As marketers, we’ve been taught to figure out how to get people to buy what we’re selling. Banner ads, retargeted Facebook ads, promotional emails, online offers and other hype have been the mixed bag of tricks. Eyeballs, impressions, CPA and conversions have long been the metrics and spray and pray was the method. In this model, the customer was a demographic – age, HHI, gender, geography – and our marketing strategy was to try to get them to do what we wanted.
In this flood of marketing, we forgot that the person viewing that ad or reading that email is a human. They might be a mom trying to order Halloween costumes for the kids while cooking dinner and trying to get everyone to soccer and hockey (yes, that’s me) or one of my single friends trying a meal-delivery service for the first time or my dad figuring out how to share a document on the internet. These are all real people with real lives trying to do real stuff. As marketers, we need to stop thinking of “target audiences” and start thinking of customers as people.
So, how do you build your customer-obsessed marketing strategy?
In the early 2000s, I led a marketing team that was a mix of product, marketing and UX/XD. I knew nothing about user experience, had no clue who Alan Cooper or Steve Krug were and wondered what any of it had to do with marketing. Working with these incredibly talented people reshaped how I think about marketing today. One thing they taught me about was personas and how really understanding the person using your product makes for a better experience. If you don’t really understand your customer – beyond demographics – you can’t create a compelling experience. Building personas needs to start with data and defining who your customer is today and tomorrow. It help you drive focus around the key customers and will drive product, marketing, sales and engineering roadmaps. We start every client engagement with persona development. It will make your marketing spend and effort more efficient, and it will change the way you think about marketing and your customers.
The power of your brand lies in your ability to create an emotional connection with the persona behind the screen or mobile device. This core piece of your brand value proposition is something most marketers fail to identify and create. It is what separates the good from the great. How is your brand connecting with me? How is it pulling at my heartstrings, making me feel something powerful? A great example of a brand figuring this out is Subaru. Car brands competing on price product features is a losing proposition. Subaru needed to find their place in the market. They decided to shift their brand to an important market segment – parents of new drivers. This reality scares the crap out of me as my 13 year old is already thinking about getting her license. These new drivers need one thing: safety. Subaru’s new “Love” campaign is all about what happens when something goes wrong when you’re driving. One of the videos I watched brought me to tears. They figured out selling on features, bells and whistles and shiny stuff wasn’t connecting to their consumer. Their new ad campaign is real, authentic, powerfully emotional and makes that emotional connection.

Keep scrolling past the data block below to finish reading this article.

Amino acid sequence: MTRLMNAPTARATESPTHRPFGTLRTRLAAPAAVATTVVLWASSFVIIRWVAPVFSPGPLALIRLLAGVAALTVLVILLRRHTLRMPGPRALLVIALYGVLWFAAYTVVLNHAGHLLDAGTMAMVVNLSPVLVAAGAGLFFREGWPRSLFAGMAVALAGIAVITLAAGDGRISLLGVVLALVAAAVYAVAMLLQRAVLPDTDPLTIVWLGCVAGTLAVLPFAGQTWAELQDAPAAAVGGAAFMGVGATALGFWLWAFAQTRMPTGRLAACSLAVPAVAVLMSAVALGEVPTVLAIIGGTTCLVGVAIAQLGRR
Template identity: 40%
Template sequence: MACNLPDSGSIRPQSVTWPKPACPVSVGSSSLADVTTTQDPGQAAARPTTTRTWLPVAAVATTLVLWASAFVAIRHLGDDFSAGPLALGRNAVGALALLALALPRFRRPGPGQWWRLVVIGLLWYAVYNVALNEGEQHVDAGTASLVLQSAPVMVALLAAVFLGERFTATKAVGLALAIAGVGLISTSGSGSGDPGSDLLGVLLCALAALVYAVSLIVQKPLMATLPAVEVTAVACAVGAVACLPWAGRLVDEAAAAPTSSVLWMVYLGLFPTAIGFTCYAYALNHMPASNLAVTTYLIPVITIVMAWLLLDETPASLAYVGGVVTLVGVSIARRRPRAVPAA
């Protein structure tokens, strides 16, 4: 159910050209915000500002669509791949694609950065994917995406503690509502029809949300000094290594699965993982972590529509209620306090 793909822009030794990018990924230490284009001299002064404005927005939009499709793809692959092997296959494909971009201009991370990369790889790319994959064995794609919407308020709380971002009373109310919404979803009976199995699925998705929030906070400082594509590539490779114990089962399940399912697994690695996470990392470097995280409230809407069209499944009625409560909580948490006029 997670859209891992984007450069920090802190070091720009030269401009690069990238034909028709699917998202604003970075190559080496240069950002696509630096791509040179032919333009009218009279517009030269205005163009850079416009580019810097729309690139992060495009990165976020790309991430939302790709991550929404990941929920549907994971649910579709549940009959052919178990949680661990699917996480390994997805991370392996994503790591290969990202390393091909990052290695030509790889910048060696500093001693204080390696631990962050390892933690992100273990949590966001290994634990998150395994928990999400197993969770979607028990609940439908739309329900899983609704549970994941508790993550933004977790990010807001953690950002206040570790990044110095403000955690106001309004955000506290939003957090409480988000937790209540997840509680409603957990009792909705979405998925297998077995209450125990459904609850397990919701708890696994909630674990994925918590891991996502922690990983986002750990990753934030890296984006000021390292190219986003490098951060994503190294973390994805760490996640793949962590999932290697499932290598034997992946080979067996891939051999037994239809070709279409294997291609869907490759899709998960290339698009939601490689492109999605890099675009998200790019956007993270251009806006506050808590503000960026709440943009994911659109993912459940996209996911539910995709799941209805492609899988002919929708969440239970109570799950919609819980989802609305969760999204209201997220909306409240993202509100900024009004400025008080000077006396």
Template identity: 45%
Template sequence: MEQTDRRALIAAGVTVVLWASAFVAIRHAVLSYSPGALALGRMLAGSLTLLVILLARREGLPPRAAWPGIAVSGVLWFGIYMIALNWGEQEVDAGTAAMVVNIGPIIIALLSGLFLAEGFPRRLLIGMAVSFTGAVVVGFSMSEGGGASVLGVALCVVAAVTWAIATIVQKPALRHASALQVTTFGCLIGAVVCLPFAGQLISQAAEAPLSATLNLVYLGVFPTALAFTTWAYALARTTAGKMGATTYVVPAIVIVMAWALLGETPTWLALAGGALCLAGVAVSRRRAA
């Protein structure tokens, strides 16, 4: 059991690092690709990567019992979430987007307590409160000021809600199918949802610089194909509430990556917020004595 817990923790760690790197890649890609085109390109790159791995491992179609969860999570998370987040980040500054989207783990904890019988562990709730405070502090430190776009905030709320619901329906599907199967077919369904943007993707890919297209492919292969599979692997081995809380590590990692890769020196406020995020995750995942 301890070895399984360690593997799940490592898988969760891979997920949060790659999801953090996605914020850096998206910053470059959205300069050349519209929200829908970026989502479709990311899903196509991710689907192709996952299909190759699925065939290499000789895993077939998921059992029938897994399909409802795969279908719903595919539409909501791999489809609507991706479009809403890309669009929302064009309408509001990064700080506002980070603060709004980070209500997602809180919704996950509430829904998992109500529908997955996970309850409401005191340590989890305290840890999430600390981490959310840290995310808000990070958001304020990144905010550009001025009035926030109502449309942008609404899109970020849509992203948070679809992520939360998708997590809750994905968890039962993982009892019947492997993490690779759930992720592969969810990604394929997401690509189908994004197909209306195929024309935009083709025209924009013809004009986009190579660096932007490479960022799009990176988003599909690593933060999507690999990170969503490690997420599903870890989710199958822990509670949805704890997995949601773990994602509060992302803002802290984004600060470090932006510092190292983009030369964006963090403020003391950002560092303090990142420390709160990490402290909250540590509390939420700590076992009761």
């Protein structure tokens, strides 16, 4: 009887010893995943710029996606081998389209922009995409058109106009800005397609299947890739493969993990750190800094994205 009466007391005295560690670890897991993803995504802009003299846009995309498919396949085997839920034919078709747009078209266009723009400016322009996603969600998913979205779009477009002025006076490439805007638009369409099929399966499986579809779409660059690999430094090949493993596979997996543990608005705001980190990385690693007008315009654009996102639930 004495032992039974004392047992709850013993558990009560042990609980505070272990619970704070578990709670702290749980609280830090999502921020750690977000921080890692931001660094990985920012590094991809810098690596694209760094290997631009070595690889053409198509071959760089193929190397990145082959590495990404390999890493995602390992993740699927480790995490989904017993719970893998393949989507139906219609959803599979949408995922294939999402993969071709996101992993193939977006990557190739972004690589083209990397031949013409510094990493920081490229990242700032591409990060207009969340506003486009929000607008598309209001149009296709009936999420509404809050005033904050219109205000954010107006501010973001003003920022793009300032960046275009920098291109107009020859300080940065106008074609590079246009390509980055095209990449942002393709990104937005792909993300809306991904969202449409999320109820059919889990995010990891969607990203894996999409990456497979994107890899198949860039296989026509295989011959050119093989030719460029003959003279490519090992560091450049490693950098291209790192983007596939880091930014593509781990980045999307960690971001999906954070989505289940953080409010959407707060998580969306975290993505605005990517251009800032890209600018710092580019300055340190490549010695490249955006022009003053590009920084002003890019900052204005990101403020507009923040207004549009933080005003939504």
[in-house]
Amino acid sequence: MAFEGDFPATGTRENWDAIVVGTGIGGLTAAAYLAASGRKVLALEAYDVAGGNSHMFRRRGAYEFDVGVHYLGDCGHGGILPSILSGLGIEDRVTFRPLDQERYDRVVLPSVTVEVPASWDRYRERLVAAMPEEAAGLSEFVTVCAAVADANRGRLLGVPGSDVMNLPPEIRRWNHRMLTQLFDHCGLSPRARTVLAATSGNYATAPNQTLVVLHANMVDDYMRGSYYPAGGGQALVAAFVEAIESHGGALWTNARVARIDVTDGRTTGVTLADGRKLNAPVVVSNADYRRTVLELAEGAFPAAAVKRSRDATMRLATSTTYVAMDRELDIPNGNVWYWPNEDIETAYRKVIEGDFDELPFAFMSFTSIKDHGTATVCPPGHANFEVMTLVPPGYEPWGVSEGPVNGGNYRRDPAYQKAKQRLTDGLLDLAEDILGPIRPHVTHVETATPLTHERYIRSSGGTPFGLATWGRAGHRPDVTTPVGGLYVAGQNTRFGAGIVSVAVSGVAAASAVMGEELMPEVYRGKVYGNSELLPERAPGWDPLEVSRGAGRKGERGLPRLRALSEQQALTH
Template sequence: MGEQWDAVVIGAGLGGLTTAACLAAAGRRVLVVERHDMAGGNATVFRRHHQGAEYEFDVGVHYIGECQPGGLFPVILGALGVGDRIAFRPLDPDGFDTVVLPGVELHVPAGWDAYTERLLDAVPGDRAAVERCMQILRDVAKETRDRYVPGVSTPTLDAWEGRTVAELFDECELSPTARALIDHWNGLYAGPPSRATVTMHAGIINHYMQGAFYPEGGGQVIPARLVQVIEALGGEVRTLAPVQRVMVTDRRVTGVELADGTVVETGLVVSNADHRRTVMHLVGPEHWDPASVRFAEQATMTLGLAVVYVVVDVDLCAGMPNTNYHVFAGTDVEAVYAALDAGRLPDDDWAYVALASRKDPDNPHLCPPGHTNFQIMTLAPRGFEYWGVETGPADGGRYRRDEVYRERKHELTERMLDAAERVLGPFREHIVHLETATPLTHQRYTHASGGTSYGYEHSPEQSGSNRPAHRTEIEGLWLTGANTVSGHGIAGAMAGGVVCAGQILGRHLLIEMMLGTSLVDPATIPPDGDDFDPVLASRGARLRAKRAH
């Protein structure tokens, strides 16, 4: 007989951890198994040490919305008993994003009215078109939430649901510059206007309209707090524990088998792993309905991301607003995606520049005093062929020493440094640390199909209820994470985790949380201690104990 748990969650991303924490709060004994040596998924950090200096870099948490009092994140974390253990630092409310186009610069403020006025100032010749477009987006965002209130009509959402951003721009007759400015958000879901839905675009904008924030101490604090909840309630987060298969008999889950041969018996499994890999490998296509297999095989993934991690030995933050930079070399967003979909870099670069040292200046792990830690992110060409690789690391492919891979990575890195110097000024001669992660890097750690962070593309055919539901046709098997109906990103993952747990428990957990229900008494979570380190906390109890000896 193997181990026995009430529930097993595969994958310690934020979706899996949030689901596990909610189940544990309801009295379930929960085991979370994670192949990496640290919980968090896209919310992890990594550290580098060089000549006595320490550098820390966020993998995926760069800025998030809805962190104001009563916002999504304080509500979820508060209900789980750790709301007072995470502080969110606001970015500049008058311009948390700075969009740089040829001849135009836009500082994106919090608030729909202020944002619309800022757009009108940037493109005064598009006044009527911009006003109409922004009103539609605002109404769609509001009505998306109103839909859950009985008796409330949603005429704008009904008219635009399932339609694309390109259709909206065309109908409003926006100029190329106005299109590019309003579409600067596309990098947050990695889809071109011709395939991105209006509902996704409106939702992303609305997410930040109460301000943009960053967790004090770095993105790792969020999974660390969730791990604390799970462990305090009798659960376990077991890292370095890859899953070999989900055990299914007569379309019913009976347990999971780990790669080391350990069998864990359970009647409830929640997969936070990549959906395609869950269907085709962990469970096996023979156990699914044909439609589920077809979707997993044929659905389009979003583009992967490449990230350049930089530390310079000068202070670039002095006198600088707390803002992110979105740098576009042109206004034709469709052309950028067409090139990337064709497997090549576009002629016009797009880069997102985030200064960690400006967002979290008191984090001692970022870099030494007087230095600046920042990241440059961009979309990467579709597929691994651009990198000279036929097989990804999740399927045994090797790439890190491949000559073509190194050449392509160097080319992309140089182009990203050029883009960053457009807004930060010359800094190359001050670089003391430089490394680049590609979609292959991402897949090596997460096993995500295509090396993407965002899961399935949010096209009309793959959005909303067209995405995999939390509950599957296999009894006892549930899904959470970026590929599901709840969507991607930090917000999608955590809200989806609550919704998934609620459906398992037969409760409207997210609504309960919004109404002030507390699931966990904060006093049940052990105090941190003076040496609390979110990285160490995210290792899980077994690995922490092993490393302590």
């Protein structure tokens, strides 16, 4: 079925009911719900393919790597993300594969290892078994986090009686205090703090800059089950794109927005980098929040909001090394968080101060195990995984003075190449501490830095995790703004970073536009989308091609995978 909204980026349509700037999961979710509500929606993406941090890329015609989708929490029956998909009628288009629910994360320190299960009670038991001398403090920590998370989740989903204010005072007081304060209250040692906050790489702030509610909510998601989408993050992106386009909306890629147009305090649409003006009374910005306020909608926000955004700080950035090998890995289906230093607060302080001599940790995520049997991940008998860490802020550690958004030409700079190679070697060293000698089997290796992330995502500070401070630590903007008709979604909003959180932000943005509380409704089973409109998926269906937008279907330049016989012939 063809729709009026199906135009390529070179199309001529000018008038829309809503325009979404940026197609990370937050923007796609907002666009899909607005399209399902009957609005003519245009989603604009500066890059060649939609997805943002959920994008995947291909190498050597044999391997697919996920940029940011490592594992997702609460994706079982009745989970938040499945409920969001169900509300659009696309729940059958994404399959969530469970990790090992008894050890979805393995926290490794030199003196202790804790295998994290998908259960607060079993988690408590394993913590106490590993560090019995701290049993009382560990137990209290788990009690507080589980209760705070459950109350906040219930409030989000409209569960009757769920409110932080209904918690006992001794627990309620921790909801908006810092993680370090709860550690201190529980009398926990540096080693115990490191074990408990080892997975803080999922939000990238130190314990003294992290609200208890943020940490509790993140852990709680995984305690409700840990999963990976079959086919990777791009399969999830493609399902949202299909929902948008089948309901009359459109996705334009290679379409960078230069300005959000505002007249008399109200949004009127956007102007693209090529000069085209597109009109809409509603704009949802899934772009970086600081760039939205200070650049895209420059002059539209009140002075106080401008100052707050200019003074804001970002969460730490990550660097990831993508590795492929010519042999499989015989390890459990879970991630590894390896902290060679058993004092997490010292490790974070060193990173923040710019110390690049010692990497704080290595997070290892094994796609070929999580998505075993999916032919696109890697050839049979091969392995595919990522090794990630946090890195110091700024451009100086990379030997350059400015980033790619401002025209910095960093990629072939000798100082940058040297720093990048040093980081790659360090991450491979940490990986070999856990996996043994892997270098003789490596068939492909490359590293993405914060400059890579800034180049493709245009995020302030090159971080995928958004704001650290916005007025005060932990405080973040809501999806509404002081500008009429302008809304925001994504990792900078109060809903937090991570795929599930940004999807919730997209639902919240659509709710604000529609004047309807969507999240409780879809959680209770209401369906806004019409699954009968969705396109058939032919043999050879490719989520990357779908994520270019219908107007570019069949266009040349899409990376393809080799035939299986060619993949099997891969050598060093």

I mentioned the team I worked with that taught me user-centered design thinking. I have coined the practice “user-centered marketing” and challenge you to create space in your strategy for this approach. User-centered marketing requires taking all the persona goodness we discussed above and thinking like your customer. Which channels do they interact with you on the most? What messages can you test to see what resonates? How can you better understand their behaviors and attitudes? Knowing your customers leads to better programs, interactions and experiences, which lead to customer satisfaction and engagement, which lead to holy grail – loyalty and love.
When I read this Ad Age article, I said to myself – finally, someone gets it. Victor Milligan says:
“The CMO’s agenda can be separated by a line of visibility: some pieces customers can see, and some they cannot. Key initiatives such as strategic positioning, brand and loyalty programs are traditional CMO agenda items. The new and most important item is designing consistent, high-quality, and personalized experiences across both human and digital touchpoints. The need to differentiate on the basis of experience is really what drives the deep-rooted operational changes below the visibility line.”
The traditional agenda of brand strategy, PR, advertising, communications, messaging remains in tact. But what C-level marketers should be charged with, and those of you hiring should be looking for, is someone who is customer obsessed and can inject the customer into the mix. Making that emotional connection can only be done authentically if you really know and understand the people using your product. Interestingly enough, I’m starting to see more CCO roles popping up – Chief Customer Officer – as the role of marketers evolves. Liza Landsman, CMO of E*TRADE Financial, recently left to join Jet as their CCO. It’s exciting to be part of this shifting marketing agenda and I am psyched to see that what I pioneered long ago, is making it’s way into the marketing C-suite today.
Are you ready to be customer-obsessed?
American Marketing Association Boston Chapter
PO Box 1565
Westborough, MA 01581